The Folger Shakespeare Library, administered by the college, was awarded a grant in August by the Andrew W. Mellon Foundation for $1.5 million to fund a four-year collaborative research project called “Before Farm to Table: Early Modern Foodways and Cultures.”
The Folger Library, located in Washington D.C., houses the world’s largest collection of materials on Shakespeare and was founded posthumously in 1932 by Henry Folger and his wife Emily Folger. According to the library’s Executive Director, Kathleen Lynch, Folger, who graduated from the college in 1879, first developed an interest in the Bard after attending a lecture on Shakespeare by Ralph Waldo Emerson. In Folger’s will, he left the college with administrative control over the Folger library.
The project covered by the grant will focus on using interdisciplinary research techniques and Folger’s materials to study food pathways and the strong connection between food and culture in the early modern period.
The “untapped or neglected opportunity” in the Folger collections, according to Lynch, led to a focus on food. “Food is pervasive,” Lynch said. “It’s a basic necessity for survival. But it’s also an indicator of culture and community and trade and economics. We’re demonstrating that our collections can support big questions that are not so obviously tipped off in our middle name — Shakespeare.”
While Lynch will head the initiative, three scholars — David Goldstein, Amanda Herbert and Heather Wolfe ’92 — will each lead a team of other academics.
“In a way, the three post-doctoral scholars will be the heart of the work, as they determine some of the emphases and products,” Lynch said. “They will have opportunities to advance their own individual research projects in the usual ways, but also to define new team products like an online edition of a play or a receipt book, a ‘mapping’ of the markets of London on a period map or a visualization of the use of certain terms — perhaps ingredients — over time.”
One project goal is to experiment with a more collaborative method of research. Rather than work as individuals each in their own discipline, the scholars will work together, creating an interdisciplinary, collaborative project.
“Our idea in the new Mellon initiative in collaborative research is to set out a big set of issues and assemble teams of scholars, each with his or her own subject expertise, to have them talk across those areas of expertise,” Lynch said. “We need to broaden the scope of scholarly conversations to bring scholars and these experts into the same conversations. We need to find new ways to bring some of the fruits of those discussions immediately out for our public audiences.”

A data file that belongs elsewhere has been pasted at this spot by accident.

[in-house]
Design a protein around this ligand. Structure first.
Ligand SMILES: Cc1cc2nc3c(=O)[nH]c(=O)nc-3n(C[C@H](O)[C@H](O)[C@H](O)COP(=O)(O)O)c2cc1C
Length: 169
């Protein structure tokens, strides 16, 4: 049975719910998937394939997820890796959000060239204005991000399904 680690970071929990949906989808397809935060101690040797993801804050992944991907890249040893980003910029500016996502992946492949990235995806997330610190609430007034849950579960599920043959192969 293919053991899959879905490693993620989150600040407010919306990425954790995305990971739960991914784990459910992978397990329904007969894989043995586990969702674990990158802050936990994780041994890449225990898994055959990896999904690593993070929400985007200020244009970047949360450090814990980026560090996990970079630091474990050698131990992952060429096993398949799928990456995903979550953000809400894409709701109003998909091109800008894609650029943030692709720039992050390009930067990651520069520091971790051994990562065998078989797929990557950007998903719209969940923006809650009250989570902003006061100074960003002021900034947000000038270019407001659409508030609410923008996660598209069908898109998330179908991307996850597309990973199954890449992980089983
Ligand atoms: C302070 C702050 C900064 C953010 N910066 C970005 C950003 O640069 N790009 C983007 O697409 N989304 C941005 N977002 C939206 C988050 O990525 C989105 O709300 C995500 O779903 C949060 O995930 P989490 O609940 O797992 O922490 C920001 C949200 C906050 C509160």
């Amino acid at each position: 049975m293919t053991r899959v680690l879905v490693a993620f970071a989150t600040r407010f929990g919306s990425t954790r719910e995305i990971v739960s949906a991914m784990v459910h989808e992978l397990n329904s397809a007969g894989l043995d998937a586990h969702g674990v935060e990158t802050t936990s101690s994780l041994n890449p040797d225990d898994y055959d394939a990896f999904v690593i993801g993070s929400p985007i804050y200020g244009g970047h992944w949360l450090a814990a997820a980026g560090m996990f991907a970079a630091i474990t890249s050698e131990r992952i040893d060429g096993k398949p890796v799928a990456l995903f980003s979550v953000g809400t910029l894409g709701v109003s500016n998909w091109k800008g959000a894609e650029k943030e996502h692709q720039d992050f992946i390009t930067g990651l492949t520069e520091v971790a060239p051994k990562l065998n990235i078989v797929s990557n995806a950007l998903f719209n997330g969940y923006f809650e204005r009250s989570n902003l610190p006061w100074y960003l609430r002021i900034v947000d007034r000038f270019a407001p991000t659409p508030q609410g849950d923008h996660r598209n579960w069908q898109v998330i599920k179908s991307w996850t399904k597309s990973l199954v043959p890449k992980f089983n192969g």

Amherst students will also get a chance to participate in the project. The college faculty regularly conduct research at the Folger, but a fellowship exists for students as well. “In addition to Amherst faculty doing research at the Folger, there is also a fellowship for students. We partner with Amherst on an annual two-week guided fellowship for Amherst undergraduates,” Lynch said. “Each student brings a research project of their own to the program, and they have two weeks to pursue that project in consultation with Folger staff, in discussions among themselves, and above all, in explorations in the library’s collections.”
In January 2018, these fellows will learn more about the research collaborative on their annual trip to the Folger in Washington D.C.
For now, Lynch has said the focus will mainly assess the collaborative aspects of the project and how this different model might contribute to the research.
“This initiative is about taking on a new experiment and achieving a better understanding of how these forms of collaboration succeed and where they don’t, but it’s not just about that,” Lynch said. “It’s a gamble that we will come out with a richly multifaceted understanding of the food cultures and food pathways in the early modern period in such a way as to genuinely learn from the discussions across disciplines and to learn, as well, from work that will have public outcomes as goals as well as more traditional scholarly outcomes.”